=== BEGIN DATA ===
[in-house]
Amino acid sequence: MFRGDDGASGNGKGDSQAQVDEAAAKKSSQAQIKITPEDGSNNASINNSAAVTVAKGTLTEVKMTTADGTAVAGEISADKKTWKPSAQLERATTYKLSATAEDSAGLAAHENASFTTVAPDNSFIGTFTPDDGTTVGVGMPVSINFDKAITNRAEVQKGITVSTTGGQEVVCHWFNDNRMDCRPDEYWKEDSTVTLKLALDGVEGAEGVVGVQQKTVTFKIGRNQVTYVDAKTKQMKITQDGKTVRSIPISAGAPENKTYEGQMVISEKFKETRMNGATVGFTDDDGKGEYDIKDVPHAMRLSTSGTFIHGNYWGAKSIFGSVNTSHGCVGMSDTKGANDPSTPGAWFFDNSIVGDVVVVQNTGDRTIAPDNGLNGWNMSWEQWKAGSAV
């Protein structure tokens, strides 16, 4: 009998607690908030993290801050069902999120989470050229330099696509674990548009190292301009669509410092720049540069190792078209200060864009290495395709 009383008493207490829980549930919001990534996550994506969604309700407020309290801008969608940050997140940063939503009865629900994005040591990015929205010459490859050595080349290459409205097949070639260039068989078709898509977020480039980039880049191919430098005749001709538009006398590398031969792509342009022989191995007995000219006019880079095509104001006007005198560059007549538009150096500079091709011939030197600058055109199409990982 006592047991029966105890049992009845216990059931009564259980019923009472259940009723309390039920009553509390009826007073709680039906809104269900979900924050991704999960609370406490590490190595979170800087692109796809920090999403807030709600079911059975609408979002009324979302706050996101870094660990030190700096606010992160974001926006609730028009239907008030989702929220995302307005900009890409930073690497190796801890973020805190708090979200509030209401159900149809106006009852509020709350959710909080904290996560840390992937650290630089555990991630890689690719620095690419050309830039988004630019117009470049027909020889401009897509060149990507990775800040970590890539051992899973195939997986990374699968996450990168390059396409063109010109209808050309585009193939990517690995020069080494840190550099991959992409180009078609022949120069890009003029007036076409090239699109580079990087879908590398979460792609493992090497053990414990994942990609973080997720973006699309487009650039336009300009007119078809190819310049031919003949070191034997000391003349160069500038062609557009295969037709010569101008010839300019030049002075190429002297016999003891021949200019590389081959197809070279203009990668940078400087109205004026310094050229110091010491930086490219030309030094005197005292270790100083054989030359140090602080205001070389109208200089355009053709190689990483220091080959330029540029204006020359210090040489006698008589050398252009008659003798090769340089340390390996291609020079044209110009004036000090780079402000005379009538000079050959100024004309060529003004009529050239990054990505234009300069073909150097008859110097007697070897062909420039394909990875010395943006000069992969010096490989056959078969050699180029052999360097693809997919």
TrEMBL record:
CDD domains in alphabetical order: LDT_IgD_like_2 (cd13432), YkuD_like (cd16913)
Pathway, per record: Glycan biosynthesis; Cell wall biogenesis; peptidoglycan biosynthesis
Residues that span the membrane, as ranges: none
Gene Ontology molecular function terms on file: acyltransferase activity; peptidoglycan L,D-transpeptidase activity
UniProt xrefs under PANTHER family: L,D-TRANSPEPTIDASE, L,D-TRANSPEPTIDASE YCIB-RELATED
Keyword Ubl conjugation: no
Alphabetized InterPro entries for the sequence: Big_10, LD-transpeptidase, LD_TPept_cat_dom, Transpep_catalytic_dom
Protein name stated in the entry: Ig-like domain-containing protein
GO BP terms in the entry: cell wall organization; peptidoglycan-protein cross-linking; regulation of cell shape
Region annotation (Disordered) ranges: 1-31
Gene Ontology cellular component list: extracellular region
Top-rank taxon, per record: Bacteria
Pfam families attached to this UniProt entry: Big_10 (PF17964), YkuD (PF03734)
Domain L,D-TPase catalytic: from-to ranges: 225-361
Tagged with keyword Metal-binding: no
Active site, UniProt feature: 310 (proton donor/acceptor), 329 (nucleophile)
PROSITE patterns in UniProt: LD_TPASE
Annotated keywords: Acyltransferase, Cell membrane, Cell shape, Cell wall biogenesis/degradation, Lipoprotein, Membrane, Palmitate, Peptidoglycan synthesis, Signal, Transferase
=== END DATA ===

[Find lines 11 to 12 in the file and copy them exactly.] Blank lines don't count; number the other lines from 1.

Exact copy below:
Alphabetized InterPro entries for the sequence: Big_10, LD-transpeptidase, LD_TPept_cat_dom, Transpep_catalytic_dom
Protein name stated in the entry: Ig-like domain-containing protein